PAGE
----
Andre Villas-Boas has been offered the opportunity to become the next coach of Chelsea after Roman Abramovich resolved to pay FC Porto for his services.
The youngest manager to win the Europa League has been asked to fill the vacant position as Guus Hiddink resisted the Chelsea owner's attempts to coax him back into frontline club management.
Abramovich is understood to have met Villas-Boas on one of the Russian billionaire's fleet of yachts last weekend. Though a strategy for reinvigorating a Chelsea squad that failed to win a trophy last season was discussed along with a transfer budget and personal terms, Villas-Boas did not completely commit to taking the position.
Instead, he asked Abramovich to agree the terms of his release from Porto - the Portuguese treble winners are insisting Villas-Boas will only be released if a €15m (Dh78.8m) buyout clause is paid in full, though Abramovich is attempting to negotiate a reduced fee.
While he will only inform Chelsea of his decision once terms are concluded between the two clubs, sources close to Villas-Boas say he will take the job. Hiddink is expected to take up his preferred position of sporting director.
Villas-Boas, 33, has been aware of Chelsea's interest in him for several months and can expect to at least treble his Euros1.2m net salary, yet has consistently distanced himself from the job both publicly and privately.
Having worked as Jose Mourinho's tactical scout from 2004 until 2007, he is painfully familiar with the myriad complications of Stamford Bridge and Abramovich's penchant for interference and ill-advised decision making.
An ambitious and focused individual, confident of his ability to win titles in Europe's elite league and lift the European Cup, Villas-Boas has told friends he is aware of the risks of returning to Chelsea.
The safer strategy would be to remain at Porto with the aim of retaining the domestic title and pushing deep into the Champions League, a competition he has not previously coached in.
While Villas-Boas' abilities were evident in guiding an unbeaten Porto to the Portuguese League with a record points total, he remains unusually inexperienced as a coach. Scouting duties limited his training-ground involvement under Mourinho at Porto, Chelsea and Internazionale, and he has less than two full seasons as a manager - his first appointment being at Academica in October 2009.
Porto's supporters reacted angrily to news that Villas-Boas might leave the club, with the hard-core 'Super Dragoes' grouping organising a protest outside the coach's house. Were he to elect to remain in Portugal, Chelsea's approach would further strengthen Villas-Boas' position at the Estadio do Dragao, potentially helping him to retain the services of key players such as Falcao and Hulk for his debut Champions League campaign.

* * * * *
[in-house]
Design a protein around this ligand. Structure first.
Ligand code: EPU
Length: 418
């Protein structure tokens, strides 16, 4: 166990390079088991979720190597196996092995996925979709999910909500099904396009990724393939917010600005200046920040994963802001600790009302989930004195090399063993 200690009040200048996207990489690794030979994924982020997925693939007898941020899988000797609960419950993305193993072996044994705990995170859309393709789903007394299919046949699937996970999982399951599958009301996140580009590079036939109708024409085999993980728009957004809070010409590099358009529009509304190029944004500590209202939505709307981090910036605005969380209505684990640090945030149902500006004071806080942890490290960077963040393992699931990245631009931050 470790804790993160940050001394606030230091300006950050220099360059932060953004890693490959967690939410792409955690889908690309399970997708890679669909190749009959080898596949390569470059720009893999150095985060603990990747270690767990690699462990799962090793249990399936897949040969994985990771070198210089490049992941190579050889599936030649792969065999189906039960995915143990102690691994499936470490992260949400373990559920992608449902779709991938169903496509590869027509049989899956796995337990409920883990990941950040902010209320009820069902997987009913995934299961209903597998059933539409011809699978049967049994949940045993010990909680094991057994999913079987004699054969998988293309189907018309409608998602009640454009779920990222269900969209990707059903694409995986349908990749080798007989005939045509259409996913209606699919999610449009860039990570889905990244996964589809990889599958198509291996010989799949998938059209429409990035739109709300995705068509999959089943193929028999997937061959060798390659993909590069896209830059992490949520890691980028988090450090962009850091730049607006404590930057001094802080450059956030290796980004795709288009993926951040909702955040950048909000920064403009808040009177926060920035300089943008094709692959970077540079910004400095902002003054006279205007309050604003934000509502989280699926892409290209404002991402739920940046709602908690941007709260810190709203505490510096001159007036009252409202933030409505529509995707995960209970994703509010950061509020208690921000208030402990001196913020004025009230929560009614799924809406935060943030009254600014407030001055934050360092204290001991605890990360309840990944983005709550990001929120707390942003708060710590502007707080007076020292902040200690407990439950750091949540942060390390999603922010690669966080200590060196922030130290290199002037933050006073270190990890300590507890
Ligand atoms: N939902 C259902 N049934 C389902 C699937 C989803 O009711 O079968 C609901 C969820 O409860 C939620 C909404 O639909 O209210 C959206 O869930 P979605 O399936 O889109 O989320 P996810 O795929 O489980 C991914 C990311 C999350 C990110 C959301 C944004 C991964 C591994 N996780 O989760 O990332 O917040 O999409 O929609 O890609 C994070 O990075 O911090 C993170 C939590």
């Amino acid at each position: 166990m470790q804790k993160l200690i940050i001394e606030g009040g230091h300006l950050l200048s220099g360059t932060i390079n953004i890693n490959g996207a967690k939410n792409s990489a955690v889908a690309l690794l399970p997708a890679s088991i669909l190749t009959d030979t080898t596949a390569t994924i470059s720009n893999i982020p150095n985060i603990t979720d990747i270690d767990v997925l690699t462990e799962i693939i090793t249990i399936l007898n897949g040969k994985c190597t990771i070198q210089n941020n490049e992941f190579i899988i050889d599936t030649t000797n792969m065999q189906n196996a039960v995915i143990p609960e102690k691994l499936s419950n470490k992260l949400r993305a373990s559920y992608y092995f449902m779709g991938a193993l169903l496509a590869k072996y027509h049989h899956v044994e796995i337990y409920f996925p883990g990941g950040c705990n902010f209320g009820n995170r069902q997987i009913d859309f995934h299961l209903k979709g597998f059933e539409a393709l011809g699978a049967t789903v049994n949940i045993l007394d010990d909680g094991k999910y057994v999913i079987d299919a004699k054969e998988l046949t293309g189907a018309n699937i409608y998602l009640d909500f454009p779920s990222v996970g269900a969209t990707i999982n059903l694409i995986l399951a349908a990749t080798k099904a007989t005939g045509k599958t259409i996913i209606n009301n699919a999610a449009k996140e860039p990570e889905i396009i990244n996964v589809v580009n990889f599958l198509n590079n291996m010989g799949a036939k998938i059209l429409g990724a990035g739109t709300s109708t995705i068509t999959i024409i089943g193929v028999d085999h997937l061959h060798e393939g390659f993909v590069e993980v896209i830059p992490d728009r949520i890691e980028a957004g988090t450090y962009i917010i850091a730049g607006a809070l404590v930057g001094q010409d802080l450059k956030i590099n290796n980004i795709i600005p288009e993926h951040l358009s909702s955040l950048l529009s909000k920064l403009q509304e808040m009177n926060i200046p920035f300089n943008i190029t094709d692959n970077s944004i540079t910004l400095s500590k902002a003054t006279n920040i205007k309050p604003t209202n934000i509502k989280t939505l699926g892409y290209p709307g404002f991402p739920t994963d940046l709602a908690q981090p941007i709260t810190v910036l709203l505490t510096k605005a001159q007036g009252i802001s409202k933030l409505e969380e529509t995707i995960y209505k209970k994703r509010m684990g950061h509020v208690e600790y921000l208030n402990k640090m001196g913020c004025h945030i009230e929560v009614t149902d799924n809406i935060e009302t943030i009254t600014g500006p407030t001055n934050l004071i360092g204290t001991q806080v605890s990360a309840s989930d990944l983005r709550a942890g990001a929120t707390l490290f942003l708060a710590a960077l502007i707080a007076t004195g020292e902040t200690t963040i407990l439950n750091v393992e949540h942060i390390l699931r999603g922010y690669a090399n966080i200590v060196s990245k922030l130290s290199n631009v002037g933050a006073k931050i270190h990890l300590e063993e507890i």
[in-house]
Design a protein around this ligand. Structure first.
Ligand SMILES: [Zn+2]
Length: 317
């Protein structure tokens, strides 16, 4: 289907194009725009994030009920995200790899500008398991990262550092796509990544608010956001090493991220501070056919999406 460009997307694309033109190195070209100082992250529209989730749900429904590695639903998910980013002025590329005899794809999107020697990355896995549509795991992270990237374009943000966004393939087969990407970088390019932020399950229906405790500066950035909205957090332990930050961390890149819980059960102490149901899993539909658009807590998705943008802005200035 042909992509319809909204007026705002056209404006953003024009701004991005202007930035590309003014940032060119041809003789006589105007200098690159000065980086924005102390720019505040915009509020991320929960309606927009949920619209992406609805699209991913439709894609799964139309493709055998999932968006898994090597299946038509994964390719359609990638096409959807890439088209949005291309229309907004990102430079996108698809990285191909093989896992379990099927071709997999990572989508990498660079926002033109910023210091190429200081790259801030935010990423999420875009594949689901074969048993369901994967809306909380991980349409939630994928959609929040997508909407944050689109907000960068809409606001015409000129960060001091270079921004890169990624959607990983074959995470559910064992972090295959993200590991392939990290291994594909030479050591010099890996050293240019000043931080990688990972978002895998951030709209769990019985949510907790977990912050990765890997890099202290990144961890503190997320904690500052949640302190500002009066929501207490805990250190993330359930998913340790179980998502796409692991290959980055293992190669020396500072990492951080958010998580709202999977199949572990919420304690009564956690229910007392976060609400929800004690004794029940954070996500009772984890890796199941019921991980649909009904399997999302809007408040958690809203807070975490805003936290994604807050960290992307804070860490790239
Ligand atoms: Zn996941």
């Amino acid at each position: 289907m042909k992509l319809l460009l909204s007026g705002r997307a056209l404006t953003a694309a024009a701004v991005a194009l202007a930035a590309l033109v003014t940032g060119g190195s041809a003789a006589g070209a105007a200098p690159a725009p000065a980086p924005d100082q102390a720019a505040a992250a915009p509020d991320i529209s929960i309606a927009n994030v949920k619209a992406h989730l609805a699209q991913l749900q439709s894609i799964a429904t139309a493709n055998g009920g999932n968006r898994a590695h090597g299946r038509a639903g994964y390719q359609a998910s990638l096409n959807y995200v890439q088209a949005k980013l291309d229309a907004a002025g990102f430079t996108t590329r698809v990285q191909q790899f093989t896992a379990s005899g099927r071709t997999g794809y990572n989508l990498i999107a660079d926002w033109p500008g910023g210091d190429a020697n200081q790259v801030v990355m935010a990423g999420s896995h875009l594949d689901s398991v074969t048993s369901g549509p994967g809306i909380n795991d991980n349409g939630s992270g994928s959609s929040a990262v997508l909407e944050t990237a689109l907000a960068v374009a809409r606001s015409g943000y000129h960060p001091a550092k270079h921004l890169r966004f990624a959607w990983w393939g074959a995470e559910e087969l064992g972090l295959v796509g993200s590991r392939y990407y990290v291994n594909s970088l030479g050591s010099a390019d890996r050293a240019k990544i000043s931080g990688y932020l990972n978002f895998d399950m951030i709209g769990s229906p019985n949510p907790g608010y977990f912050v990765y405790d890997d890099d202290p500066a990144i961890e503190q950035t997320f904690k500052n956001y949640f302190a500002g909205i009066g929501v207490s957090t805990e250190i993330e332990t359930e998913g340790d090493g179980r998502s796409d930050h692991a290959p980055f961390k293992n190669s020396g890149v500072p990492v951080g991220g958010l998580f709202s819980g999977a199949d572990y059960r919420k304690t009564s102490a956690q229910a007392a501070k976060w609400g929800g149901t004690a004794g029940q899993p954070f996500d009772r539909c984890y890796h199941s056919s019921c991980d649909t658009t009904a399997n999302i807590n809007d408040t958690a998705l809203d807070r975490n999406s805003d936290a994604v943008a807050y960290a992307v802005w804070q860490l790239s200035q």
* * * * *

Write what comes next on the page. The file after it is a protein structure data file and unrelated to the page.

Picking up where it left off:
Yesterday Porto told the Portuguese stock market, the CMVM, that their coach's buyout clause had yet to be exercised. "FC Porto, at the request of the CMVM, hereby informs the market that the coach Andre Villas Boas, as well as several players, has a termination clause," the statement read. "To date, we has not received any communication that this clause will be exercised, nor that the coach agrees to such an aim."
Meanwhile Adel Taarabt, the Queen's Park Rangers winger, yesterday claimed both Chelsea and Arsenal have been in contact over a potential summer transfer - although the Moroccan admitted remaining at Loftus Road next season is also an option.
Taarabt was instrumental in helping QPR seal the Championship title this season ensuring theirreturn to England's top tier after a 15-year absence.
His performances did not go unnoticed, with the former Tottenham Hotspur player telling L'Equipe that both London clubs have made contact regarding a transfer.
"QPR will demand £10 million [Dh59.5m] for me, and for now, the clubs do not move too much," he said. "I had contact with Arsenal and Chelsea, but it is a little muddled [difficult]. Arsenal have not yet sold [Cesc] Fabregas, and as for Chelsea, they do not yet have a coach, so we will see."
However, the African revealed helping Neil Warnock's men battle to retain their place among England's elite is also appealing.
He said: "I would like to stay in London - it is the best city in the world, and with Queens Park Rangers? Why not?
"When I talked with the coach, he told me the club would aim to be in the top eight."
* With agencies